Donna Julia de la Brosse was also known as the Widow Asmar. When the Widow died, the disposition of her properties, although set down in her Will of 1797, were not acknowledged. Nevertheless, because she had freed her family slaves, Charles and his wife Madelon and their children, held legal title to a large tract of land which the Widow had given them in a Deed of Gift. (As seen in Yellow Section in Current Day Map)
The Charles Asmard property, approximately 680 acres, fronted the beach and extended from west of Market Avenue to the middle of the 400 Block of East Scenic Drive near Seal Avenue and northward towards Bayou Portage.
This same property now encompasses most of the commercial district of Pass Christian ( as seen in Yellow above). Upon the former Negro slave's death in 1835, the unsold portion of his property was passed on to nine of his heirs.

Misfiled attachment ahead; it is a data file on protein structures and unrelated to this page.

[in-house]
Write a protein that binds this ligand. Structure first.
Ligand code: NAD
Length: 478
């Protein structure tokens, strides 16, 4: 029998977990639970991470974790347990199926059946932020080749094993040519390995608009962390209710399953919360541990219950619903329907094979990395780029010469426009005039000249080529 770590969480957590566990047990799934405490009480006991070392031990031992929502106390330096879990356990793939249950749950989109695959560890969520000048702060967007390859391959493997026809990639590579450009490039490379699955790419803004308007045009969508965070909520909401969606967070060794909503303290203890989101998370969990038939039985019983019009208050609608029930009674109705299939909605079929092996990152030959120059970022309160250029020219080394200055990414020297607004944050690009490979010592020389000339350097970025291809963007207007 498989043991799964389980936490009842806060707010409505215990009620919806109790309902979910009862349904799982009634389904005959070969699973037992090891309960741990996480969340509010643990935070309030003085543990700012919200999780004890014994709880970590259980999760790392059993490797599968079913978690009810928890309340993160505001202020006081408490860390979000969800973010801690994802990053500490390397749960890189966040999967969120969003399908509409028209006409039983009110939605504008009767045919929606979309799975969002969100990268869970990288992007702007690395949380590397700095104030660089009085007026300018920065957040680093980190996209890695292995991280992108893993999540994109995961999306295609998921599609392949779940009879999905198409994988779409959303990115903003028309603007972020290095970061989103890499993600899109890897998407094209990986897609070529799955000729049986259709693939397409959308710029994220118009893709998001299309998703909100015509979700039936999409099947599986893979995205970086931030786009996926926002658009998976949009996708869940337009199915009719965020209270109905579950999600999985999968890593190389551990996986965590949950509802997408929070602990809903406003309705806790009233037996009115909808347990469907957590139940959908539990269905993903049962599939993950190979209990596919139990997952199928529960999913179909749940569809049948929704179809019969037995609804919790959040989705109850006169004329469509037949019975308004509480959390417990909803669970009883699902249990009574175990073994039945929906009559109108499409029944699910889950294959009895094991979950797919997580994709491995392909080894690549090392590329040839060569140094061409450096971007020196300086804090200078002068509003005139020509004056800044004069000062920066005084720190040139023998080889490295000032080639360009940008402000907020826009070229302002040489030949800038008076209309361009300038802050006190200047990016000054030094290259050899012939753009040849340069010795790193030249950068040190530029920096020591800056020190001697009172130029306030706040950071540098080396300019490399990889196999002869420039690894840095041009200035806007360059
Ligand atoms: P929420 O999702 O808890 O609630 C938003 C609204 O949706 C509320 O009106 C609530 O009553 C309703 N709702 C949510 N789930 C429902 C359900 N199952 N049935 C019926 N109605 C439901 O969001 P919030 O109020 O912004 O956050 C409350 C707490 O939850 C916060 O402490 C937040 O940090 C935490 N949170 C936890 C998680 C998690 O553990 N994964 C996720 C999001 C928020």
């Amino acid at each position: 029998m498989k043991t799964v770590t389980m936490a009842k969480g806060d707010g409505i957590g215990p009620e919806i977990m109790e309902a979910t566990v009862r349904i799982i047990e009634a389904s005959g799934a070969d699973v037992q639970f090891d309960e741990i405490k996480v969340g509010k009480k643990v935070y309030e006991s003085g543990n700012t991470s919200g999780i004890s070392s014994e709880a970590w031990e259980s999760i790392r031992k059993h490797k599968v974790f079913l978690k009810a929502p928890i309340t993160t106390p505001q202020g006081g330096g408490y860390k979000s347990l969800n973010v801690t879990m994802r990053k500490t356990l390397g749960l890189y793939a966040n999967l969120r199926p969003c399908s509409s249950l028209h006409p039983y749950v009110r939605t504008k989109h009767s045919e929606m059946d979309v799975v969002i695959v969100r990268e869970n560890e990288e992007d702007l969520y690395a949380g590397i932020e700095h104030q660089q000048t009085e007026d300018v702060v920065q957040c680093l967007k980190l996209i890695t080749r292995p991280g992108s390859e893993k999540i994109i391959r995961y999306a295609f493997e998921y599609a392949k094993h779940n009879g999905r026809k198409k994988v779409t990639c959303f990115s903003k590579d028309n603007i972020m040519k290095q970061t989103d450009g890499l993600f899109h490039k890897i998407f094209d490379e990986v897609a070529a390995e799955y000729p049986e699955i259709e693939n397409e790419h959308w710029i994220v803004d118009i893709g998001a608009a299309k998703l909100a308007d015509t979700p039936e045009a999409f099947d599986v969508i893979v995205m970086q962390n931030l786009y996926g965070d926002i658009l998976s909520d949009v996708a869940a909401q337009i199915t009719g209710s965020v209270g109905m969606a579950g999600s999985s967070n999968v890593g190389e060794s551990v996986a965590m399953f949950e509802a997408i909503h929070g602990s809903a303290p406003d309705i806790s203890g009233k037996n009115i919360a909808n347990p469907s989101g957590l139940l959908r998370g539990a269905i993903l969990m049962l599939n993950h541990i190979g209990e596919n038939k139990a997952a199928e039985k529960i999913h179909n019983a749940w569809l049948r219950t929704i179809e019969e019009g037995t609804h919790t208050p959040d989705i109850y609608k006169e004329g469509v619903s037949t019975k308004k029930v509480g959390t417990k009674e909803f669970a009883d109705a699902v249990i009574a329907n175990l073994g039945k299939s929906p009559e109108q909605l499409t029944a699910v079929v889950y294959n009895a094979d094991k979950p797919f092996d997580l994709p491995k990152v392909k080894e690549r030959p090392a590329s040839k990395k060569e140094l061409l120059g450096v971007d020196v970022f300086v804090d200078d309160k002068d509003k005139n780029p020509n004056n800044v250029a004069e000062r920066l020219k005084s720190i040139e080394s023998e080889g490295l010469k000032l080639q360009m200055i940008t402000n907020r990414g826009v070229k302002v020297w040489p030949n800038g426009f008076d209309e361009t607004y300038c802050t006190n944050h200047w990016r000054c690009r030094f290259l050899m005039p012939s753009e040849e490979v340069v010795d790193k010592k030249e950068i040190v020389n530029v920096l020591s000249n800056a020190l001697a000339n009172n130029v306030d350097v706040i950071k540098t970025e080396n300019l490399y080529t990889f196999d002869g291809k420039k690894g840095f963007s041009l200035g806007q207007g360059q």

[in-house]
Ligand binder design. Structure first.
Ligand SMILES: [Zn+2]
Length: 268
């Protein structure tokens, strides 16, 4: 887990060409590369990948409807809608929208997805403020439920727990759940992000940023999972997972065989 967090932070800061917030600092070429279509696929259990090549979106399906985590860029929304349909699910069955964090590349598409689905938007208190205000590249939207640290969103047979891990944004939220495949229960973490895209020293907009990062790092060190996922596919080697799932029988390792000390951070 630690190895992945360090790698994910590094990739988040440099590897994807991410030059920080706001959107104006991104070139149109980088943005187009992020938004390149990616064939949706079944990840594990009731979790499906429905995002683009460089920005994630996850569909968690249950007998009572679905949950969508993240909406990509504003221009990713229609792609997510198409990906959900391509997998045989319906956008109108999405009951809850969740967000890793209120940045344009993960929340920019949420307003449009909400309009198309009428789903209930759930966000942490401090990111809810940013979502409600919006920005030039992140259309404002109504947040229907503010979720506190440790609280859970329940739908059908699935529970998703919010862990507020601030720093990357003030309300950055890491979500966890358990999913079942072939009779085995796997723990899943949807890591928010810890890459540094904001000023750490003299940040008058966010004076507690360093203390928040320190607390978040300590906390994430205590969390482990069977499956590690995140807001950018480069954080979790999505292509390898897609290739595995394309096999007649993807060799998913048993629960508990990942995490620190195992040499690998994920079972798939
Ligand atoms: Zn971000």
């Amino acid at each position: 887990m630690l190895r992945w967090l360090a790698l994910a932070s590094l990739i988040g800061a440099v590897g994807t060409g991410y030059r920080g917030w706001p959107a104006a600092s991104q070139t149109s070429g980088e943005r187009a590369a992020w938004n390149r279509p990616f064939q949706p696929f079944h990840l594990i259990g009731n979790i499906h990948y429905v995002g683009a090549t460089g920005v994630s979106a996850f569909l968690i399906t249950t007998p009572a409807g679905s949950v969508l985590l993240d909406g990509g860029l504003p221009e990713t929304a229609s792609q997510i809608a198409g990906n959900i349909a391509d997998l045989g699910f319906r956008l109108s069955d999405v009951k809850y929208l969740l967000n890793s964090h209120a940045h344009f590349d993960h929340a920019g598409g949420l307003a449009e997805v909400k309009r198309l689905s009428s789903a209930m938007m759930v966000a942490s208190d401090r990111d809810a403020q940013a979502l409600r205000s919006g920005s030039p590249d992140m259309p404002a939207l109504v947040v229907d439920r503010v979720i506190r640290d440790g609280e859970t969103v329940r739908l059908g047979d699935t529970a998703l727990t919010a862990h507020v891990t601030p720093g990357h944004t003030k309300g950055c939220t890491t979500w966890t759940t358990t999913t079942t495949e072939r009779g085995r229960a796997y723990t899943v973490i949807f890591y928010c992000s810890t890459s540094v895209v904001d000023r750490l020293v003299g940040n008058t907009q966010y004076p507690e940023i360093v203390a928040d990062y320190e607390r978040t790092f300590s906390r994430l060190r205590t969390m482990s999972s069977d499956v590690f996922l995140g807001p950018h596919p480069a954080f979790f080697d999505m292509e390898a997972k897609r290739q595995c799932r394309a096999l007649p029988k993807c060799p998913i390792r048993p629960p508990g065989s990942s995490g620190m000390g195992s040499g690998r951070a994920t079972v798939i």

Since the Widow Asmard's Will was not honored, Bartholomew Pellerin, a Spanish Captain, made claim to the vast remaining area of 17,084 arpents, or approximately 14,500 acres. This expansive area included all of Henderson Point extending eastward to Bear Point near the present day University of Southern Mississippi -- Gulf Park Campus at Long Beach. Pellerin sold his lands to Edward Livingston in 1814, who in turn, sold the balance of that vast property to John Henderson in 1836. John Henderson and his son Elliot are acknowledged for developing Pass Christian as a resort community. John Henderson became well known as an outstanding and well versed United States Senator representing Mississippi on its entry into Statehood in 1817.